"But all that really comes across is their self-conscious brevity—what is finally the sentimentality of saying too little about what's too insupportably much."
The heavy influence of Raymond Carver, plus a touch of Hemingway and cyberpunk, distills Mulcahy's debut collection—which includes a novella, ``Glass''—down to an edgy, somewhat paranoid vision of general failure and desuetude. Read full book review >
THE YEAR'S BEST SCIENCE FICTION by Gardner Dozois
FICTION & LITERATURE
Released: July 30, 1993

"Finally, a disappointing entry in a hitherto superlative series."
As the number of entries dwindles (28 last time, 24 this), the average length increases; here, take out the two novellas previously published as independent hardcovers (Michael Swanwick's Griffin's Egg and Frederik Pohl's Outnumbering the Dead) and the short-story version of Arthur C. Clarke's latest novel, The Hammer of Gold (p. 492), and 1992's Best SF begins to look decidedly hyperbolic. Read full book review >
GUARD OF HONOR by William P. Kennedy
FICTION & LITERATURE
Released: July 29, 1993

"There's an awful lot of filler in this poorly constructed morality tale, and Mex is too much of a lightweight for the role of avenging angel."
The chickens come home to roost when American soldiers, on a base in Dixie, are the victims of their own counterinsurgency techniques intended for Third World warfare; this latest from Kennedy (Rules of Encounter, 1992, etc.) is more preachy than suspenseful. Read full book review >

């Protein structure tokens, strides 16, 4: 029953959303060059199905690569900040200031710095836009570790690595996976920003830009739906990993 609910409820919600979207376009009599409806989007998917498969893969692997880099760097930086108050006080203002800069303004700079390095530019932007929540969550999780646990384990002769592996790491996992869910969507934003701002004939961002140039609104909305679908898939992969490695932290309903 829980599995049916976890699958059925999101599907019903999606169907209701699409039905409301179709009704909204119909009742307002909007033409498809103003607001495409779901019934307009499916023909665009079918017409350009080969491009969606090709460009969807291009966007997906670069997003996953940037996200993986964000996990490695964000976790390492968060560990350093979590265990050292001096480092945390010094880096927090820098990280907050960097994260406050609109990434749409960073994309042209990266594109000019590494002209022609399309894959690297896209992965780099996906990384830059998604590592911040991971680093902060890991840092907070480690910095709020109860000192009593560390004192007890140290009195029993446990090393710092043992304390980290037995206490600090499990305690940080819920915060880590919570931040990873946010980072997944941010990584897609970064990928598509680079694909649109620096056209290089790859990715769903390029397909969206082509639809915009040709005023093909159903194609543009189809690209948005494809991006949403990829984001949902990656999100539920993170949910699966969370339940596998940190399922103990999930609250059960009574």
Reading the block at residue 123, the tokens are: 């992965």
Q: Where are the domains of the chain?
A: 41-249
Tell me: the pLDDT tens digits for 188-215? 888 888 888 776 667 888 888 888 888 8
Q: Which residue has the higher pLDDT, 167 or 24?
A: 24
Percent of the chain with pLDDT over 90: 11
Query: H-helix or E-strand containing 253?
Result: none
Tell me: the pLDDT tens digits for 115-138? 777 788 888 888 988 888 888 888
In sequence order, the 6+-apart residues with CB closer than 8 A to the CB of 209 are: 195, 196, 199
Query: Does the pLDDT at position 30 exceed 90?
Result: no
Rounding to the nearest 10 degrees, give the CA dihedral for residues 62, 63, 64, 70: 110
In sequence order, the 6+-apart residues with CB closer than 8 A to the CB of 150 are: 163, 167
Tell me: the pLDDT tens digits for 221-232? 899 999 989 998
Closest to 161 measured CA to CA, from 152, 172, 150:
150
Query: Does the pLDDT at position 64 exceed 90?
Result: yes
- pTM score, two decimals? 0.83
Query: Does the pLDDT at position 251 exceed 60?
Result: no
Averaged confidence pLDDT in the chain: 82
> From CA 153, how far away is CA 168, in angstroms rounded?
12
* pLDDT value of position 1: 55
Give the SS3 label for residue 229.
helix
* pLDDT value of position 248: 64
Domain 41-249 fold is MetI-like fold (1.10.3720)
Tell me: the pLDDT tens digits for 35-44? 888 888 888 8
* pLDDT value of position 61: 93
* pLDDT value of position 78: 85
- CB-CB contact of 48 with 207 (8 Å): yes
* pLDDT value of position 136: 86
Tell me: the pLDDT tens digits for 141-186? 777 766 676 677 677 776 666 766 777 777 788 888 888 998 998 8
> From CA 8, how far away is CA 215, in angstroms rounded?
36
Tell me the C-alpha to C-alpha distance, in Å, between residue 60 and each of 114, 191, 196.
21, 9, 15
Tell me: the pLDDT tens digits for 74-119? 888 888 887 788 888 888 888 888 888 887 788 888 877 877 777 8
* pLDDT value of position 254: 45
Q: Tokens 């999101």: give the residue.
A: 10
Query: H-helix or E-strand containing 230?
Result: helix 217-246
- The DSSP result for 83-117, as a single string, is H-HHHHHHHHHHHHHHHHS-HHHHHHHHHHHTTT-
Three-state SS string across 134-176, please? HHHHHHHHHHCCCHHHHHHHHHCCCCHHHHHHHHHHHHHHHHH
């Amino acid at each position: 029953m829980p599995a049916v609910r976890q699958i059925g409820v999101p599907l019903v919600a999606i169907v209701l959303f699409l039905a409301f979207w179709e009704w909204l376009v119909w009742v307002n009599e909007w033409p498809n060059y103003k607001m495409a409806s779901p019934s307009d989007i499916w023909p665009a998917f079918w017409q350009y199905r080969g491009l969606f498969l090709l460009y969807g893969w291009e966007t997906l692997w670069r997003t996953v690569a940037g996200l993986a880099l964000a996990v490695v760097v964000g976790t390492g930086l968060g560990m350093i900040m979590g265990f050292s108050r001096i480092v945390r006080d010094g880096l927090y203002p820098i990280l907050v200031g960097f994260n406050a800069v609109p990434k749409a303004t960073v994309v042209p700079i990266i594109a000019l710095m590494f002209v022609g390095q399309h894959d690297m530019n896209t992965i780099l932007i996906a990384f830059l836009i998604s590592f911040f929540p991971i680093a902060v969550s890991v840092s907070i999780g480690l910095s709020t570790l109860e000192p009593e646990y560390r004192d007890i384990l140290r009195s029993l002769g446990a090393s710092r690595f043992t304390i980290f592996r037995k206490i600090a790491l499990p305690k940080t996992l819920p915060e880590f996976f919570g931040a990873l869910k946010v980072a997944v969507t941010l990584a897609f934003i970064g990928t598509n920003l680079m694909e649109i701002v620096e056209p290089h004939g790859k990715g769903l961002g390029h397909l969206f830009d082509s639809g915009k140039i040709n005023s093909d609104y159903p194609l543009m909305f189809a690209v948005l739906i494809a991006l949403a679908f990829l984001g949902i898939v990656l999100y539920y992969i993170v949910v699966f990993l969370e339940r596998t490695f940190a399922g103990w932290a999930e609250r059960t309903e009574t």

50% OFF by Karen Salmansohn
FICTION & LITERATURE
Released: July 26, 1993

"Nora Ephron of the MTV generation,'' as the publisher's promo copy claims."
``Becoming involved in a relationship is a lot like being lured into a Hare Krishna cult''—so begins this long narrative necklace of good-natured one-liners posing as a novel of twentysomething love. Read full book review >
RAISE THE RED LANTERN by Su Tong
FICTION & LITERATURE
Released: July 26, 1993

"A writer to watch."
From a member of China's New Wave, three novellas of a disturbing intensity make their US debut—including ``Raise the Red Lantern,'' the basis of an acclaimed 1991 film. Read full book review >
UGLY WAYS by Tina McElroy Ansa
FICTION & LITERATURE
Released: July 26, 1993

"A tale of dysfunction that opens with a bang—but repetitive, episodic, and, in the end, less illuminating than it might have been."
Three black sisters reunite in their Georgia hometown to embrace, scream, smoke, contemplate suicide, and swap clothes while preparing for their mother's funeral—in a rambling follow-up to Ansa's Baby of the Family (1989). Read full book review >
Kirkus Interview
Nelson DeMille
author of RADIANT ANGEL
May 26, 2015

After a showdown with the notorious Yemeni terrorist known as The Panther, in Nelson DeMille’s latest suspense novel Radiant Angel, NYPD detective John Corey has left the Anti-Terrorist Task Force and returned home to New York City, taking a job with the Diplomatic Surveillance Group. Although Corey's new assignment with the DSG-surveilling Russian diplomats working at the U.N. Mission-is thought to be "a quiet end," he is more than happy to be out from under the thumb of the FBI and free from the bureaucracy of office life. But Corey realizes something the U.S. government doesn't: The all-too-real threat of a newly resurgent Russia. “Perfect summer beach reading, with or without margaritas, full of Glock-and-boat action,” our reviewer writes. View video >